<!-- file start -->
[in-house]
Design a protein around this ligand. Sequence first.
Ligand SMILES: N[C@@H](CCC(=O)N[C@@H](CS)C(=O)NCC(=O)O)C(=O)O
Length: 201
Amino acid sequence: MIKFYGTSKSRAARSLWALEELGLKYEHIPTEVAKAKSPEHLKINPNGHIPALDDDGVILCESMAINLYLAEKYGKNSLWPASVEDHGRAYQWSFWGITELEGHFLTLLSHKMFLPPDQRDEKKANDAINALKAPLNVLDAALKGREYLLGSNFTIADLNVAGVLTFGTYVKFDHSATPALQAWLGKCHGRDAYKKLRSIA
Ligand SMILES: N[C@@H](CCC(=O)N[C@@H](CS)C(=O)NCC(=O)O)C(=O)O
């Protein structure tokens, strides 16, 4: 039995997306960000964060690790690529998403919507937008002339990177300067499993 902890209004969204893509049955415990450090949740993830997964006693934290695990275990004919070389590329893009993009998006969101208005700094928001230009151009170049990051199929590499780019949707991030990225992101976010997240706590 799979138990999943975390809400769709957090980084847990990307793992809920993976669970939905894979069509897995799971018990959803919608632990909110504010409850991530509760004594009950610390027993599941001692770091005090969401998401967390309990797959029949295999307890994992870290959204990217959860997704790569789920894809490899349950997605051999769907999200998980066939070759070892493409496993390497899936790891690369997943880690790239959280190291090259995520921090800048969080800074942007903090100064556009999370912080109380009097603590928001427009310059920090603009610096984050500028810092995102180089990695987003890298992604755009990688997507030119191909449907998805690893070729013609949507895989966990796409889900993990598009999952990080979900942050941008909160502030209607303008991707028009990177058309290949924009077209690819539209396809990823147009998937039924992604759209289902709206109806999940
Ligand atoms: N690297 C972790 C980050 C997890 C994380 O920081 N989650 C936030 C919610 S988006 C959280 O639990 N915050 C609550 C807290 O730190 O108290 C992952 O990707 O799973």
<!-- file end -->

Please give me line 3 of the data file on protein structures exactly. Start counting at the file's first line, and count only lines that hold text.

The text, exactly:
Ligand SMILES: N[C@@H](CCC(=O)N[C@@H](CS)C(=O)NCC(=O)O)C(=O)O